zero-drop

Zero-drop shoes are sometimes comfortable.

Comfort is the best reason to buy technical running shoes. Wearers find different things comfortable. For many, a comfortable sneaker has plenty of room to accommodate the length, width, and height of the foot. Others find relatively large amounts of cushioning to be comfortable. Some think that sneakers that allow the wearer to feel the ground are most comfortable. Most people are comfortable in sneakers with a heel. But there are some that find the opposite feature—which is a completely flat shoe—to be the most comfortable. Flat shoes are sometimes called zero-drop sneakers.

 

Zero-drop doesn’t work for some

 

zero-drop

 

In our experience, it’s hard to predict who will like zero-drop sneakers. But we can predict who won’t like them: people with tight heel cords. Tight ankles will be constantly stretched if they are put into zero-drop sneakers.

Walking, running, and doing whatever else you do in shoes can be uncomfortable if the Achilles tendons are being stretched the entire time. The ankles might adapt by growing chronically longer. But that may not happen, and even if it does, there may be an uncomfortable period of time before that adaptation occurs.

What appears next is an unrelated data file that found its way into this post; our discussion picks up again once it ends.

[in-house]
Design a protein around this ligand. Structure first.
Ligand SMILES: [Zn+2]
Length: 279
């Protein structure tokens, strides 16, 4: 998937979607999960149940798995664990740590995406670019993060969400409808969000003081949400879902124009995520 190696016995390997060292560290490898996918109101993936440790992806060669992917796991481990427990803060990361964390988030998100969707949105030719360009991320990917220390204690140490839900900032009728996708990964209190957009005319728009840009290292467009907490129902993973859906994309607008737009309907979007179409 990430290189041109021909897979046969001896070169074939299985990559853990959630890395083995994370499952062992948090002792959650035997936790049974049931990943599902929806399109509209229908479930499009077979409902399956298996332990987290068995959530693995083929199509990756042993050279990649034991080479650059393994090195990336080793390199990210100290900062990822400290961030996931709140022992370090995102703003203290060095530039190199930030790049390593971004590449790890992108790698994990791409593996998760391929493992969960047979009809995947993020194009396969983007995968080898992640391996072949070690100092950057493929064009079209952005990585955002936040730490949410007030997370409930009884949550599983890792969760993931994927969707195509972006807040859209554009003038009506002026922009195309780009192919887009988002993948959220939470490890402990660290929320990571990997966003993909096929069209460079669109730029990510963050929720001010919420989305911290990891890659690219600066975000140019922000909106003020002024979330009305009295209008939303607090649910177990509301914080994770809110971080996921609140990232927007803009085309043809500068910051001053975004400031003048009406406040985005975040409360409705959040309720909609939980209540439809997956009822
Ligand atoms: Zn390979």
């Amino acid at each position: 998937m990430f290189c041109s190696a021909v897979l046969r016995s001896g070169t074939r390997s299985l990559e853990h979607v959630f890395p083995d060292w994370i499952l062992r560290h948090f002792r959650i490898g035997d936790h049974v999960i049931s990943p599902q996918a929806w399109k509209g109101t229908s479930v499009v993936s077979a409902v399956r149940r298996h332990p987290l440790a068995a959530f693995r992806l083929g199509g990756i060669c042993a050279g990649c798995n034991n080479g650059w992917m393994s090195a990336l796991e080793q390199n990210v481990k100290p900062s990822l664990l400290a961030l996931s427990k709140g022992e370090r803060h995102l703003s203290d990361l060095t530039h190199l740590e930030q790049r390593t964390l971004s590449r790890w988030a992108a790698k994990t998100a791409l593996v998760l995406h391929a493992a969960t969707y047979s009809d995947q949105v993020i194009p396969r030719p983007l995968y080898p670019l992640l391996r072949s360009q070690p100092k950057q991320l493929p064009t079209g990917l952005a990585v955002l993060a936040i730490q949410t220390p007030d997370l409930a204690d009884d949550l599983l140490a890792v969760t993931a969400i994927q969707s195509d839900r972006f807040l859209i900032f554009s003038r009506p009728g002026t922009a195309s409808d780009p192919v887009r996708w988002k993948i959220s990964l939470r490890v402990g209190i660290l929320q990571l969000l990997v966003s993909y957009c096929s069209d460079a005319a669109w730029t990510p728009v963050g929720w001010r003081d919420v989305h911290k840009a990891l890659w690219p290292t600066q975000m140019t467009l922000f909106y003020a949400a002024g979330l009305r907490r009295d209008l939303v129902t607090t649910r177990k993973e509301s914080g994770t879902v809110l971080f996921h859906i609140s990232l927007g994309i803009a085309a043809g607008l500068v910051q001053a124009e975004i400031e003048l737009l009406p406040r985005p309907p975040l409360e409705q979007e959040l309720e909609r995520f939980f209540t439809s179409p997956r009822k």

What is drop?

 

zero-drop

The drop is the height of the heel in a shoe. The feature has been seen in shoes for about 45 years. I gave this explanation, in an earlier post, for why manufacturers started putting heels in technical running shoes:

“It’s helpful to remember that track athletes and road racers were the key—perhaps the only—demographic for running shoes. They were demanding customers because they did demanding things in their shoes.

Those runners were racing Marathons, not just participating in Marathons. They would train, not just run recreationally. These folks were accustomed to running many miles in their shoes, every week.

So the shoes had to be comfortable. At the very least, they couldn’t be so painful that they interfered with training and racing. So, those runners gave manufacturers a lot of feedback. And when the runners complained about ankle pains, manufacturers concluded that a heel in the shoe was called for. When the manufacturers then noticed that heel-area pain complaints were reduced—especially when Achilles tendon injuries were reduced—they took that as confirmation that the heel helped.”

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Phil Clark